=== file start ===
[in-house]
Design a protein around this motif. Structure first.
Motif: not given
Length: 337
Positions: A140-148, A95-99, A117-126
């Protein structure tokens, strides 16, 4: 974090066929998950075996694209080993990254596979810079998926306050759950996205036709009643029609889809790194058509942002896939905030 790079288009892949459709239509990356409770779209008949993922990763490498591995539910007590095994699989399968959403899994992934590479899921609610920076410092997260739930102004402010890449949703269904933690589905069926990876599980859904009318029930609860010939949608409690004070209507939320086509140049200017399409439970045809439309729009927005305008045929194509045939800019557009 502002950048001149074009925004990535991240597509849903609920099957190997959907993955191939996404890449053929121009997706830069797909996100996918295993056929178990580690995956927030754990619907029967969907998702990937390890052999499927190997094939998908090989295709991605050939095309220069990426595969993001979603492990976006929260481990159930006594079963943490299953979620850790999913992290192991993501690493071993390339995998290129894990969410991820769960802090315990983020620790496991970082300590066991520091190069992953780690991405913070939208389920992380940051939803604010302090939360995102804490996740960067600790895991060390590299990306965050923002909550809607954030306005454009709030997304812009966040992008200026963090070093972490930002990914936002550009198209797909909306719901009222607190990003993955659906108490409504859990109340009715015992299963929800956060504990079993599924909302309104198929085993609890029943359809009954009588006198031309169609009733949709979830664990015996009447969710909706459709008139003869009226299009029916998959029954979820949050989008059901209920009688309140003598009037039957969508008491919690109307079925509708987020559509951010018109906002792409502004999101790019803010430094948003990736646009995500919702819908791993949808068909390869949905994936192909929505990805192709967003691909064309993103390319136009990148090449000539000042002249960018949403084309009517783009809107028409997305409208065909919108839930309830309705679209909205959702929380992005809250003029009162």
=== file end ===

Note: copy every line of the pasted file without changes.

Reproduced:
[in-house]
Design a protein around this motif. Structure first.
Motif: not given
Length: 337
Positions: A140-148, A95-99, A117-126
């Protein structure tokens, strides 16, 4: 974090066929998950075996694209080993990254596979810079998926306050759950996205036709009643029609889809790194058509942002896939905030 790079288009892949459709239509990356409770779209008949993922990763490498591995539910007590095994699989399968959403899994992934590479899921609610920076410092997260739930102004402010890449949703269904933690589905069926990876599980859904009318029930609860010939949608409690004070209507939320086509140049200017399409439970045809439309729009927005305008045929194509045939800019557009 502002950048001149074009925004990535991240597509849903609920099957190997959907993955191939996404890449053929121009997706830069797909996100996918295993056929178990580690995956927030754990619907029967969907998702990937390890052999499927190997094939998908090989295709991605050939095309220069990426595969993001979603492990976006929260481990159930006594079963943490299953979620850790999913992290192991993501690493071993390339995998290129894990969410991820769960802090315990983020620790496991970082300590066991520091190069992953780690991405913070939208389920992380940051939803604010302090939360995102804490996740960067600790895991060390590299990306965050923002909550809607954030306005454009709030997304812009966040992008200026963090070093972490930002990914936002550009198209797909909306719901009222607190990003993955659906108490409504859990109340009715015992299963929800956060504990079993599924909302309104198929085993609890029943359809009954009588006198031309169609009733949709979830664990015996009447969710909706459709008139003869009226299009029916998959029954979820949050989008059901209920009688309140003598009037039957969508008491919690109307079925509708987020559509951010018109906002792409502004999101790019803010430094948003990736646009995500919702819908791993949808068909390869949905994936192909929505990805192709967003691909064309993103390319136009990148090449000539000042002249960018949403084309009517783009809107028409997305409208065909919108839930309830309705679209909205959702929380992005809250003029009162």